No effort should be spared to prevent a new wave of migration, all the more so because it would not only carry security and civilizational risks but contribute to the spread of the pandemic, too, Péter Szijjártó, Hungary’s minister of foreign affairs and trade, said in Athens.
The European Union is going to face tough challenges as the international forces’ failure in Afghanistan will trigger a massive wave of migration, Szijjártó told a press conference after talks with his Greek counterpart Nikos Dendias.
The minister stressed the need to avoid the mistakes committed in 2015 but noted that some statements by west European leaders can once again be interpreted as invitations.
The two governments agree that the waves of migration should be halted as far from Europe’s borders as possible, he said, adding that migration policies should focus on the defense of borders.
“NGOs have no business along the borders, which should rather be zones of fences and armed forces,” the minister said.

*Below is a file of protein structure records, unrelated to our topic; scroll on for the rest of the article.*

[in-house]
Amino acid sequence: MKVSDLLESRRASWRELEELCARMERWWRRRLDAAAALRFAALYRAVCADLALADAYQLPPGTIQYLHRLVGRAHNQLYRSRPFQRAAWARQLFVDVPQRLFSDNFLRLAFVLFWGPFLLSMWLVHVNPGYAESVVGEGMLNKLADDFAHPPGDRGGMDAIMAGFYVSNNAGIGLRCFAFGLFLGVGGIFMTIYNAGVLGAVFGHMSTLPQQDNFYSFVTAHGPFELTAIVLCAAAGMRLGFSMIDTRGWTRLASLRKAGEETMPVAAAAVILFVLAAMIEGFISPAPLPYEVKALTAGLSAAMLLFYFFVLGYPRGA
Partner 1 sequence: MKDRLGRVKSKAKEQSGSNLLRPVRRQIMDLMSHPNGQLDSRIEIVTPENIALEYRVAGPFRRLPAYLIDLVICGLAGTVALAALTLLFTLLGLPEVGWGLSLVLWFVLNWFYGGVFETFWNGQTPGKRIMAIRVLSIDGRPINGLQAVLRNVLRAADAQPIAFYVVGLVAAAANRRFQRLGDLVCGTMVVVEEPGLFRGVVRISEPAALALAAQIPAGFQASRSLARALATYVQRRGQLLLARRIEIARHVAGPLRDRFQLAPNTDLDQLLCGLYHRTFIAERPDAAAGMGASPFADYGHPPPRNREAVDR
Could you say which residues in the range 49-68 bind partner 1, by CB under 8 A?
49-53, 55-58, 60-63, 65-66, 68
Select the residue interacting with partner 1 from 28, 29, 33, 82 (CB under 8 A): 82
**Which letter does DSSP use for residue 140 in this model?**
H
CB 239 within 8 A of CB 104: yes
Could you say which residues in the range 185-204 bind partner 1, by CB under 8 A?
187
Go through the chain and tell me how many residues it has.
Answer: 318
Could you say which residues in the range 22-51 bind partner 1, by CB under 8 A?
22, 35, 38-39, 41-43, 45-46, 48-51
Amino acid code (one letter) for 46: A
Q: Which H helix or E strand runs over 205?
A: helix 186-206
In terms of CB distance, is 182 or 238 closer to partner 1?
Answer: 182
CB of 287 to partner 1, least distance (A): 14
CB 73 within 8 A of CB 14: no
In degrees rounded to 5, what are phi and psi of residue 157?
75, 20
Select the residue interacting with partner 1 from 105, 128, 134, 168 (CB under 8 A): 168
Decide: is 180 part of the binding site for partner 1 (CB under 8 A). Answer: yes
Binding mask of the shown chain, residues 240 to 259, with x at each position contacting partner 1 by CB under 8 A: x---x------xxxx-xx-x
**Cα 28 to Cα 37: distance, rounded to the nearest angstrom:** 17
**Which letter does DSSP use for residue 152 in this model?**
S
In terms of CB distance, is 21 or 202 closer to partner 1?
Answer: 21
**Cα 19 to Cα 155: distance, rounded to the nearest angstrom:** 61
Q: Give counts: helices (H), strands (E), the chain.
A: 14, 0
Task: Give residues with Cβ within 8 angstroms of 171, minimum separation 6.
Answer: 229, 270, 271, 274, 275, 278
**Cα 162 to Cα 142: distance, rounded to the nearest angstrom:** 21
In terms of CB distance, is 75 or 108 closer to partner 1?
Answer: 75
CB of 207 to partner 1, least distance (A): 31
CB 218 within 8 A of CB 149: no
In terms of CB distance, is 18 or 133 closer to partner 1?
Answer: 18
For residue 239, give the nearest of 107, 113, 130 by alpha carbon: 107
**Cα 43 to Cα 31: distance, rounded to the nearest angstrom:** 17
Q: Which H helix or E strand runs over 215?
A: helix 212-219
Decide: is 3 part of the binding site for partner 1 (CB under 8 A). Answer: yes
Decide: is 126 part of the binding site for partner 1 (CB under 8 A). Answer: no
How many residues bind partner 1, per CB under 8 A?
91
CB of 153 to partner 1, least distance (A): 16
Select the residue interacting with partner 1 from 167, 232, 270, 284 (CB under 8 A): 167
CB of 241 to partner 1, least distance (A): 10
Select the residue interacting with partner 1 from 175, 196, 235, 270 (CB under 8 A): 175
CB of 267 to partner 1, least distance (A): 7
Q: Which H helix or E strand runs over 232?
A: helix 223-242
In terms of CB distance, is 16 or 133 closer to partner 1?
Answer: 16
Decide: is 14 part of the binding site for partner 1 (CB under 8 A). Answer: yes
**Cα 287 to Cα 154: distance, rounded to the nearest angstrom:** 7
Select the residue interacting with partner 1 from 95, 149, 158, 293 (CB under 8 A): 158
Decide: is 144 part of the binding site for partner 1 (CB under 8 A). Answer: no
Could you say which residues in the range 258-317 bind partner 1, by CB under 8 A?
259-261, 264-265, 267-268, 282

Although Hungary concluded a long-term gas purchase agreement earlier this week, its government continues looking for opportunities to involve further import sources, Szijjártó said. Hungary has an interest in extracting gas fields in Israel and Cyprus, and establishing a new supply route between the Greek LNG terminals and central Europe, he added.
Szijjártó said that Hungarian-Greek trade turnover increased by 25 percent this year, and Hungary’s Eximbank had opened a 110 million euro credit line to boost trade links.
The two sides confirmed their commitment to protecting Christian communities. Further, Hungary is prepared to help restore Greek churches damaged by recent wildfires, Szijjártó said.
Featured image via Dániel Kiss/MTI